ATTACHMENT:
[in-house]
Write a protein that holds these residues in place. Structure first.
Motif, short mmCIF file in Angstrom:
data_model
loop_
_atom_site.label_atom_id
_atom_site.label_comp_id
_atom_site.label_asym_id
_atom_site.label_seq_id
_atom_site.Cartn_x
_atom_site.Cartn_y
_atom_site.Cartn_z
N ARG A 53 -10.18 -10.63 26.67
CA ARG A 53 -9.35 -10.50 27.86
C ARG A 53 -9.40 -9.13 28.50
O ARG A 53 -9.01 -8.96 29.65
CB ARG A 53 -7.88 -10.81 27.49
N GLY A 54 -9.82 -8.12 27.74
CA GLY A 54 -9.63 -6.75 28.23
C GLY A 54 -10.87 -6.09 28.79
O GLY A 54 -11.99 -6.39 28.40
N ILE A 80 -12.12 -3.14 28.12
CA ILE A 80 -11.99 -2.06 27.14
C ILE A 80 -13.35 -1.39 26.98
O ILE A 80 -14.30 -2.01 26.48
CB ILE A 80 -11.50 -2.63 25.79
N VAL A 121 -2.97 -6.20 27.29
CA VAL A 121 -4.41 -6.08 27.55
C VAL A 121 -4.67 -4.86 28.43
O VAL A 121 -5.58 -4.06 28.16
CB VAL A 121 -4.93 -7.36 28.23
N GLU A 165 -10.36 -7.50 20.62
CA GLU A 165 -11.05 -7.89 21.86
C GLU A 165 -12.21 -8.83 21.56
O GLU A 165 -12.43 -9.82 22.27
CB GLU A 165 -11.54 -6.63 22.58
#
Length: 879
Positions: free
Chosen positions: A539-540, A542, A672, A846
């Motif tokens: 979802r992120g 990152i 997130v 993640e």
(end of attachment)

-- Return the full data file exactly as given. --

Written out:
[in-house]
Write a protein that holds these residues in place. Structure first.
Motif, short mmCIF file in Angstrom:
data_model
loop_
_atom_site.label_atom_id
_atom_site.label_comp_id
_atom_site.label_asym_id
_atom_site.label_seq_id
_atom_site.Cartn_x
_atom_site.Cartn_y
_atom_site.Cartn_z
N ARG A 53 -10.18 -10.63 26.67
CA ARG A 53 -9.35 -10.50 27.86
C ARG A 53 -9.40 -9.13 28.50
O ARG A 53 -9.01 -8.96 29.65
CB ARG A 53 -7.88 -10.81 27.49
N GLY A 54 -9.82 -8.12 27.74
CA GLY A 54 -9.63 -6.75 28.23
C GLY A 54 -10.87 -6.09 28.79
O GLY A 54 -11.99 -6.39 28.40
N ILE A 80 -12.12 -3.14 28.12
CA ILE A 80 -11.99 -2.06 27.14
C ILE A 80 -13.35 -1.39 26.98
O ILE A 80 -14.30 -2.01 26.48
CB ILE A 80 -11.50 -2.63 25.79
N VAL A 121 -2.97 -6.20 27.29
CA VAL A 121 -4.41 -6.08 27.55
C VAL A 121 -4.67 -4.86 28.43
O VAL A 121 -5.58 -4.06 28.16
CB VAL A 121 -4.93 -7.36 28.23
N GLU A 165 -10.36 -7.50 20.62
CA GLU A 165 -11.05 -7.89 21.86
C GLU A 165 -12.21 -8.83 21.56
O GLU A 165 -12.43 -9.82 22.27
CB GLU A 165 -11.54 -6.63 22.58
#
Length: 879
Positions: free
Chosen positions: A539-540, A542, A672, A846
């Motif tokens: 979802r992120g 990152i 997130v 993640e």